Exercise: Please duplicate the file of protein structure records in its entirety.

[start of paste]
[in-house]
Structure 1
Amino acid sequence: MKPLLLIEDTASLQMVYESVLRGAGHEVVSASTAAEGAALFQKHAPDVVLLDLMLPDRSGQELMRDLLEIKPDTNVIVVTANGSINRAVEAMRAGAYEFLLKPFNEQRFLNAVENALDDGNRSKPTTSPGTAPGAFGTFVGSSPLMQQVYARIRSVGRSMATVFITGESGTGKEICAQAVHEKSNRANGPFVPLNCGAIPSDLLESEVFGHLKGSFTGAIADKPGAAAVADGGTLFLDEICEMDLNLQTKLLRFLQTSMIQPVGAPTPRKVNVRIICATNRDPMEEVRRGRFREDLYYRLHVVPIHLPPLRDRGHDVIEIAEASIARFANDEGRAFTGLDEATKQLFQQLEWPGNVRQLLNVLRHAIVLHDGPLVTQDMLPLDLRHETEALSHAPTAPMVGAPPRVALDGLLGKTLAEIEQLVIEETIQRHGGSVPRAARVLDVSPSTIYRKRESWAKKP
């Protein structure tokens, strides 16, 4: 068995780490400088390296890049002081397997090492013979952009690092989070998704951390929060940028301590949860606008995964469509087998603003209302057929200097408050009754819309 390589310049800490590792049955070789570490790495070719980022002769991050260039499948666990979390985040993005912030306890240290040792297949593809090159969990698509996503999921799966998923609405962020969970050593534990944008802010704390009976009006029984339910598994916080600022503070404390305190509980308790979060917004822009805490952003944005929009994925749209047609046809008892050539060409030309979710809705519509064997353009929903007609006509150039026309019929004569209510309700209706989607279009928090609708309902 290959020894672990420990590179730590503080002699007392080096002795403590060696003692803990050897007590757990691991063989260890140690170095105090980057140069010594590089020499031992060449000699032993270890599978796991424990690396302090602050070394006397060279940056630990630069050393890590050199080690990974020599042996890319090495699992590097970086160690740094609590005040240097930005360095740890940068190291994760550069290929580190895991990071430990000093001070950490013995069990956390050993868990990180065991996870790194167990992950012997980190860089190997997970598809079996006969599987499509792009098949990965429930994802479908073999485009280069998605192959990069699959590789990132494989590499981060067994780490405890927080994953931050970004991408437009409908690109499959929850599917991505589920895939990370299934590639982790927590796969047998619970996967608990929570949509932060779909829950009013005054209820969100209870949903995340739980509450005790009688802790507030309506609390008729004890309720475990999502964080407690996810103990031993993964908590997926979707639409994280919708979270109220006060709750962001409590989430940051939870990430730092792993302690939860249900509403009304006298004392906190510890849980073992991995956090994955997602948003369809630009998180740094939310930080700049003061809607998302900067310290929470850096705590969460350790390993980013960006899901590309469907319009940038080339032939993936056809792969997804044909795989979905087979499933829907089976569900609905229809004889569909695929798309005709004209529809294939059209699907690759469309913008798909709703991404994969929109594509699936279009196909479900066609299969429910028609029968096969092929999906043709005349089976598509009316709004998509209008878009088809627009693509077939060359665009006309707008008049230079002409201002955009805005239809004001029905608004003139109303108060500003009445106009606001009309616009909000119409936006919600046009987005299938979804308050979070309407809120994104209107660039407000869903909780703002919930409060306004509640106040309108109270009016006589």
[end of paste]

[in-house]
Structure 1
Amino acid sequence: MKPLLLIEDTASLQMVYESVLRGAGHEVVSASTAAEGAALFQKHAPDVVLLDLMLPDRSGQELMRDLLEIKPDTNVIVVTANGSINRAVEAMRAGAYEFLLKPFNEQRFLNAVENALDDGNRSKPTTSPGTAPGAFGTFVGSSPLMQQVYARIRSVGRSMATVFITGESGTGKEICAQAVHEKSNRANGPFVPLNCGAIPSDLLESEVFGHLKGSFTGAIADKPGAAAVADGGTLFLDEICEMDLNLQTKLLRFLQTSMIQPVGAPTPRKVNVRIICATNRDPMEEVRRGRFREDLYYRLHVVPIHLPPLRDRGHDVIEIAEASIARFANDEGRAFTGLDEATKQLFQQLEWPGNVRQLLNVLRHAIVLHDGPLVTQDMLPLDLRHETEALSHAPTAPMVGAPPRVALDGLLGKTLAEIEQLVIEETIQRHGGSVPRAARVLDVSPSTIYRKRESWAKKP
């Protein structure tokens, strides 16, 4: 068995780490400088390296890049002081397997090492013979952009690092989070998704951390929060940028301590949860606008995964469509087998603003209302057929200097408050009754819309 390589310049800490590792049955070789570490790495070719980022002769991050260039499948666990979390985040993005912030306890240290040792297949593809090159969990698509996503999921799966998923609405962020969970050593534990944008802010704390009976009006029984339910598994916080600022503070404390305190509980308790979060917004822009805490952003944005929009994925749209047609046809008892050539060409030309979710809705519509064997353009929903007609006509150039026309019929004569209510309700209706989607279009928090609708309902 290959020894672990420990590179730590503080002699007392080096002795403590060696003692803990050897007590757990691991063989260890140690170095105090980057140069010594590089020499031992060449000699032993270890599978796991424990690396302090602050070394006397060279940056630990630069050393890590050199080690990974020599042996890319090495699992590097970086160690740094609590005040240097930005360095740890940068190291994760550069290929580190895991990071430990000093001070950490013995069990956390050993868990990180065991996870790194167990992950012997980190860089190997997970598809079996006969599987499509792009098949990965429930994802479908073999485009280069998605192959990069699959590789990132494989590499981060067994780490405890927080994953931050970004991408437009409908690109499959929850599917991505589920895939990370299934590639982790927590796969047998619970996967608990929570949509932060779909829950009013005054209820969100209870949903995340739980509450005790009688802790507030309506609390008729004890309720475990999502964080407690996810103990031993993964908590997926979707639409994280919708979270109220006060709750962001409590989430940051939870990430730092792993302690939860249900509403009304006298004392906190510890849980073992991995956090994955997602948003369809630009998180740094939310930080700049003061809607998302900067310290929470850096705590969460350790390993980013960006899901590309469907319009940038080339032939993936056809792969997804044909795989979905087979499933829907089976569900609905229809004889569909695929798309005709004209529809294939059209699907690759469309913008798909709703991404994969929109594509699936279009196909479900066609299969429910028609029968096969092929999906043709005349089976598509009316709004998509209008878009088809627009693509077939060359665009006309707008008049230079002409201002955009805005239809004001029905608004003139109303108060500003009445106009606001009309616009909000119409936006919600046009987005299938979804308050979070309407809120994104209107660039407000869903909780703002919930409060306004509640106040309108109270009016006589």